Twee, yes, but groovy: the Duplo Rosh Hashanah. This is what happens when I find a baggie of clay at a yard sale—random Fimo and Sculpey packs already opened, slightly hairy, and obviously from the Year Gimmel—right around the time when we determine that our Duplo people just don’t have what for Rosh Hashanah. Now they have what.
Featured here are two whole-wheat raisin challot, braided in a circle for the holiday that celebrates the never-ending cycle of the year, and a plate of apple slices ready for some Duplo honey. Duplo Toddler holds a Yemenite kudu shofar, and Duplo Girl sports a standard ram’s horn.
Note to parents of lively children:
if you make teeny shofars out of polymer clay, think of them as ephemera or temporary toys at best. Your kid will instantly break them in half. If any clay mavens read this, please let me know if polymer comes in strengths able to resist the enthusiastic embraces of preschoolers. I tried wrapping clay around wire, but alas, the wire refused to stay wrapped. The apple slices, oy, I made by slicing a white sphere wrapped in a red layer. Those I dare you to break. They are tough little wedges that defy the deftest pincer grip. Just arranging them on the mini china plate took a full, bumbling minute.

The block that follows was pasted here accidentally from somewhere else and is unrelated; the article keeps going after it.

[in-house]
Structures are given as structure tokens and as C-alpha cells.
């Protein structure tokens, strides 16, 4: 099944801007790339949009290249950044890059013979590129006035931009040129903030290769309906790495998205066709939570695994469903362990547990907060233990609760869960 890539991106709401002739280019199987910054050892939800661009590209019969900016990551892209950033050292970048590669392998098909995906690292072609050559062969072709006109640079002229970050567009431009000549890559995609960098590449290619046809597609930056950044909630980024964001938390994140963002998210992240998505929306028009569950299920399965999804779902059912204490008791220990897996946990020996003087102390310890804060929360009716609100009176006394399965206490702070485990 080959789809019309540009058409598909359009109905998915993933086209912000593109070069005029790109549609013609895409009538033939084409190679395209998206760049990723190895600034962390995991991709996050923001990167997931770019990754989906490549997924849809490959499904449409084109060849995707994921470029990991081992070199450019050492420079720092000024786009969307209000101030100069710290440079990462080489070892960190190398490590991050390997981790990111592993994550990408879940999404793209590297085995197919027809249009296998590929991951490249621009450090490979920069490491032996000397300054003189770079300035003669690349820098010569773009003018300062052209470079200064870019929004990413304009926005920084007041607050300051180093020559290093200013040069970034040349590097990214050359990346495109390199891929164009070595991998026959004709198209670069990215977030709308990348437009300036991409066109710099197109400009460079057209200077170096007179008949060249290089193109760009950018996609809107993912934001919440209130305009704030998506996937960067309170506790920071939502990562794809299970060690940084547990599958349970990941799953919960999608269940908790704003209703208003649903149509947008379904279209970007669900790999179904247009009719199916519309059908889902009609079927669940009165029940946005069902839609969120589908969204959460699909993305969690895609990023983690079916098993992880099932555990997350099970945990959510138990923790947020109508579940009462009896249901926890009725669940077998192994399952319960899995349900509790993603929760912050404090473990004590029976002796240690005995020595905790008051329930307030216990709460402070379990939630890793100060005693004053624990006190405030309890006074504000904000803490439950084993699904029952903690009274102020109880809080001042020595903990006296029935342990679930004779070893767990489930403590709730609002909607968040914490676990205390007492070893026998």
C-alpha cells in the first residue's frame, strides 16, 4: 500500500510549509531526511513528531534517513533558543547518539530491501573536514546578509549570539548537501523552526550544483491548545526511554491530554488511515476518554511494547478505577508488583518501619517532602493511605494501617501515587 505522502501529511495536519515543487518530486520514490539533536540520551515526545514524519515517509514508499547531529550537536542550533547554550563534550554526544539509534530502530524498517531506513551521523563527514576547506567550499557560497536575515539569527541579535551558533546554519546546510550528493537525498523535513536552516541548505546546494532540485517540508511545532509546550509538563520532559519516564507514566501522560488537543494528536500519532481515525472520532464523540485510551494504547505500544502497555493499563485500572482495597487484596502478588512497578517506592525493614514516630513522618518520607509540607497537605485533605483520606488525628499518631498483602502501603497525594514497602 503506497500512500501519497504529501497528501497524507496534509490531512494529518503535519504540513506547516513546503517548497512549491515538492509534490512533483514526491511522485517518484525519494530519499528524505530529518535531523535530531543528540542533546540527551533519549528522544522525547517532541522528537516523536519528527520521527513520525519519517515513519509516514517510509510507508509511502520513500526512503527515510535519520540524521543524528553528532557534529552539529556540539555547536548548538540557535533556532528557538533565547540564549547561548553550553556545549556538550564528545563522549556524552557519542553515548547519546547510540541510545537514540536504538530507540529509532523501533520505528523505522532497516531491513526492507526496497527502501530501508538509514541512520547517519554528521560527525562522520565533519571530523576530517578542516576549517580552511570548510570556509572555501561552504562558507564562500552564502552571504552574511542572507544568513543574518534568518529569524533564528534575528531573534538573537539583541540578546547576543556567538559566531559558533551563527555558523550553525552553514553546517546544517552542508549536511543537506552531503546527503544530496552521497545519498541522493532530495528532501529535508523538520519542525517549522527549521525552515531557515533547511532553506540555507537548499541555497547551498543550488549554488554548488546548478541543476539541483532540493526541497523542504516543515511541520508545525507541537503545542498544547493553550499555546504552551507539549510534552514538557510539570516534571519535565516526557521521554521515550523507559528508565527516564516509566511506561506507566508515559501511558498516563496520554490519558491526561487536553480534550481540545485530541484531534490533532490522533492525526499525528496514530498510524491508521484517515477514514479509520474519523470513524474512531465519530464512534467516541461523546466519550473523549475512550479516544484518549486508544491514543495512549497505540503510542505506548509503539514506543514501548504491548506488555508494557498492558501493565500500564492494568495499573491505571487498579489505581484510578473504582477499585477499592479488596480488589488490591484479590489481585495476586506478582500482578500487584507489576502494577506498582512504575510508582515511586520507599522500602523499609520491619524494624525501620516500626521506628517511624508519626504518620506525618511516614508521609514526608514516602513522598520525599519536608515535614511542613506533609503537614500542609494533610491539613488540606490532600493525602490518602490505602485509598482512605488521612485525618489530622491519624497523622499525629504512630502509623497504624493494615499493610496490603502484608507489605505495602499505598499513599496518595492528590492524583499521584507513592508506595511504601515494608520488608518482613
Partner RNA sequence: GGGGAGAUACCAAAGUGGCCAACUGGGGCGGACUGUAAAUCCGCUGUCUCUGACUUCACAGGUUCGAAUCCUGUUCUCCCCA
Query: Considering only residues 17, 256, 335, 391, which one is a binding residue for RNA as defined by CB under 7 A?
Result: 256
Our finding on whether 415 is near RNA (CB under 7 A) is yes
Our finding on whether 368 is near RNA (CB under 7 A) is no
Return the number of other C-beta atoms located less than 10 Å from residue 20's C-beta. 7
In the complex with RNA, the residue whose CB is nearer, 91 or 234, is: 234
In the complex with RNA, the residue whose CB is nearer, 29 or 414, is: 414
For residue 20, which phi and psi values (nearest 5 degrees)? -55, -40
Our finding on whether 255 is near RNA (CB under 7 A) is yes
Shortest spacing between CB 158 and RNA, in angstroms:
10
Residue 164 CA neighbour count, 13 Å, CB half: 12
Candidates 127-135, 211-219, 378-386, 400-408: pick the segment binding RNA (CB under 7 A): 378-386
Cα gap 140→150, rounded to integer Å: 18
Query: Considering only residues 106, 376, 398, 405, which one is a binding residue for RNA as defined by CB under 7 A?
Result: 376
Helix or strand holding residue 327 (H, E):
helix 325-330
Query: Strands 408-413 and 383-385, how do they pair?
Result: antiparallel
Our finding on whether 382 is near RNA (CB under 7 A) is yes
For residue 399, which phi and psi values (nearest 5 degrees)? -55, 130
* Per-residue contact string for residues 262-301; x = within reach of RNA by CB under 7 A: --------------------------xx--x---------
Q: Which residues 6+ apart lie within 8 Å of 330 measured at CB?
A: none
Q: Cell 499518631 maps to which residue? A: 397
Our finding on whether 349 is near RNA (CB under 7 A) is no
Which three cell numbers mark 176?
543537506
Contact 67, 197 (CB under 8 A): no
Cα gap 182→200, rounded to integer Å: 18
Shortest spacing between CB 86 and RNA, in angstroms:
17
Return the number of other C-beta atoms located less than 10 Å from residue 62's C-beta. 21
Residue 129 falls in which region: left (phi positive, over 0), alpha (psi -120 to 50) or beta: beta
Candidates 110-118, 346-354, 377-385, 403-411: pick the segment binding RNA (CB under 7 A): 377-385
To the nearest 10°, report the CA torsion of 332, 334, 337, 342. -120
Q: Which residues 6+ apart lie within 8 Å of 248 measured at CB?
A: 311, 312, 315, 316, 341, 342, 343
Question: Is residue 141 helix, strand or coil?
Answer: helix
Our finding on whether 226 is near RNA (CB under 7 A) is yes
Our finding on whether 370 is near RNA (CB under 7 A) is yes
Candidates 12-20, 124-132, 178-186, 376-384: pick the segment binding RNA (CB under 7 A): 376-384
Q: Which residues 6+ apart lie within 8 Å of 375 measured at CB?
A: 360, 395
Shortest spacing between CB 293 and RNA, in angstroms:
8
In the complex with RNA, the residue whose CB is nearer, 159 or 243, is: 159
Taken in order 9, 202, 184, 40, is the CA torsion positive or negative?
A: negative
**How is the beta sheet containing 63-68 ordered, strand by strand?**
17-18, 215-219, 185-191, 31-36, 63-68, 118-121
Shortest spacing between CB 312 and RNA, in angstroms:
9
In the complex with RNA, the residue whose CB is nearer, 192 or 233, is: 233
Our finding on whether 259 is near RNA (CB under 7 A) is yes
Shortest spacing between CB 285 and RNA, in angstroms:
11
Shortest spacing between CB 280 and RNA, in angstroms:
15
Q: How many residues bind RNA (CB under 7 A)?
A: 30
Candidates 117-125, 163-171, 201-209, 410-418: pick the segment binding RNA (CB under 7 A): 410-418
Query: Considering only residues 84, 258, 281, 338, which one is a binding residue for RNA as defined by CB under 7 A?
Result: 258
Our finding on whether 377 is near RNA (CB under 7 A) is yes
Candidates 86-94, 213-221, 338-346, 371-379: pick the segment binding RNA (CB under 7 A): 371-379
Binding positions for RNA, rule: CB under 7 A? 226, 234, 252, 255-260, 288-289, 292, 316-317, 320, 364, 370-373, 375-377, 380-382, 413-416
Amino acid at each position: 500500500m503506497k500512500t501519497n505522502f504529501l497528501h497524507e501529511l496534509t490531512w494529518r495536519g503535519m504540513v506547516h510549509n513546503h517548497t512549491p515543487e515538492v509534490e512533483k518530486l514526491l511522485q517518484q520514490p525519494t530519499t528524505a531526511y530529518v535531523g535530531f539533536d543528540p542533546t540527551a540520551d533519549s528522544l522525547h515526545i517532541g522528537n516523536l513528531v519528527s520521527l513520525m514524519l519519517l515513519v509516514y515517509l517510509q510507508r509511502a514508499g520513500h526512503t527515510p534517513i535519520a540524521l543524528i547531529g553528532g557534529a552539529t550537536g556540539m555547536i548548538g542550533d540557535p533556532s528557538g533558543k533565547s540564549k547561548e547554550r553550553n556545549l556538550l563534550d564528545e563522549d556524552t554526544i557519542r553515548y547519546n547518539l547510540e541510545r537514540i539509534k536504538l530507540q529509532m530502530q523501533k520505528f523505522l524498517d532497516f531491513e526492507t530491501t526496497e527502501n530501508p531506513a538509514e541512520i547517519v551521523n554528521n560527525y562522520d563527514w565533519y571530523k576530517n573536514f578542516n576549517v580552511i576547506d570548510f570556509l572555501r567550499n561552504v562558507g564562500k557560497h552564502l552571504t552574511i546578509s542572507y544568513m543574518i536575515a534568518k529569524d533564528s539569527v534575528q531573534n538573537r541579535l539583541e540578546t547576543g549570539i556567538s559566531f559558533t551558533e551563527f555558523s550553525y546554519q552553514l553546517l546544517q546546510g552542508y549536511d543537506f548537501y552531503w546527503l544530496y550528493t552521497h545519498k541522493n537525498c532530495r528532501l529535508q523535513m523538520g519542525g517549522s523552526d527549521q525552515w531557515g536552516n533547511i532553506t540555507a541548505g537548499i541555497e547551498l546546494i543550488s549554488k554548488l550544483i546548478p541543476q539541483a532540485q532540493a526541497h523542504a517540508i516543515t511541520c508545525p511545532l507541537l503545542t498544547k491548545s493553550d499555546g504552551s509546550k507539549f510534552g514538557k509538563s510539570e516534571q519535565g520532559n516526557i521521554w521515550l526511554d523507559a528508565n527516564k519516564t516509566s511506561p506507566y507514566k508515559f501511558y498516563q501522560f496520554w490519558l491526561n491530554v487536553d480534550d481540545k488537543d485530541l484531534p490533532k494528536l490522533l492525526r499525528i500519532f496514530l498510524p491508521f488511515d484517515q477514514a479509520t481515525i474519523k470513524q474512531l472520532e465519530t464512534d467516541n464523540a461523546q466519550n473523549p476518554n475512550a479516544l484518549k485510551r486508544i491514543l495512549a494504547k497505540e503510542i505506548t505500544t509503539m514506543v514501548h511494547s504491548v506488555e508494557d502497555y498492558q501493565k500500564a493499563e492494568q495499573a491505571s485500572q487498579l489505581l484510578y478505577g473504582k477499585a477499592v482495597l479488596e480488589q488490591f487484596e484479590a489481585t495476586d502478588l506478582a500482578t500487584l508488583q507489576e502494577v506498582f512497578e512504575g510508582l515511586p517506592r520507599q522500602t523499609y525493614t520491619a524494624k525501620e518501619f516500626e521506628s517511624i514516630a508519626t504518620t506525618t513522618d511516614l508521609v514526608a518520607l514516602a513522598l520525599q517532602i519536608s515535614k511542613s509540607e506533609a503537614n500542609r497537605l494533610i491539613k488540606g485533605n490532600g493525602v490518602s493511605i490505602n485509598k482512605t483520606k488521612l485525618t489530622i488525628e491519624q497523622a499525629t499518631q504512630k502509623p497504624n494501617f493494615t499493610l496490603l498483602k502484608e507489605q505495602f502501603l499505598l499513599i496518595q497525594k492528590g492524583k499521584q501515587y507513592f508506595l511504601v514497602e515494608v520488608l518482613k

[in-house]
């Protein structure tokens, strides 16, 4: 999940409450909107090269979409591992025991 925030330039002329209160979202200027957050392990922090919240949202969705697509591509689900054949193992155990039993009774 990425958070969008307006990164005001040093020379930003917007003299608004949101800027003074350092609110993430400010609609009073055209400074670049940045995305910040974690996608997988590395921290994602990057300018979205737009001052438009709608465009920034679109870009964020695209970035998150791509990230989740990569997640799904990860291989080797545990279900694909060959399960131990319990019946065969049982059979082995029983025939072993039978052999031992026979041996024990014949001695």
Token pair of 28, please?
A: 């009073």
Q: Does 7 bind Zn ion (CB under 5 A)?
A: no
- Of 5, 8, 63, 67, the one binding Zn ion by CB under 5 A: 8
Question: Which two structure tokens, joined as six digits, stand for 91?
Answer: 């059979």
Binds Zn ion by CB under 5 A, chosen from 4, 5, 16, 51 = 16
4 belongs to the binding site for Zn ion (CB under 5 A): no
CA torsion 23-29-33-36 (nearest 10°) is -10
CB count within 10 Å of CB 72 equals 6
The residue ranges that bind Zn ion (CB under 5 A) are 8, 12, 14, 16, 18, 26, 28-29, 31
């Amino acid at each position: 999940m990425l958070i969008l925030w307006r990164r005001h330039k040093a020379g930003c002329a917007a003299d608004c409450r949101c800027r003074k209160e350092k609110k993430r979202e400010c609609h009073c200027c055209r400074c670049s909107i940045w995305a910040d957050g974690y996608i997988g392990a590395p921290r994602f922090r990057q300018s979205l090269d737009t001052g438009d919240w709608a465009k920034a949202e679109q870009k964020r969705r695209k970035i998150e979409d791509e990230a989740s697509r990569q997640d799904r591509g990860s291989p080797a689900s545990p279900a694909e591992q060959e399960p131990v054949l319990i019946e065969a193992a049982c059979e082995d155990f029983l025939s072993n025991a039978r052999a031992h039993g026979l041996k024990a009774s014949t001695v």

Making this stuff was too tricky for my four year-old, so he just enjoyed the process vicariously and then had fun playing with everything. I formed each shofar to fit inside a Duplo grip, and next time (as if) I’ll angle the horn to actually reach a Duplo face.
I have ever so much fun making toys Jewish. Especially for holidays. See an earlier post wherein I post pics of Playmobil hamantaschen, Lego menorahs and a child-crafted Lego sukkah. Also my article at Kveller (Converting Toys to Judaism). Why do this? Because my kid loves it.
Pardon me as I quote myself:
“Playing Jewishly is just another easy and natural way to incorporate Jewishness into everyday life. And it’s FUN.”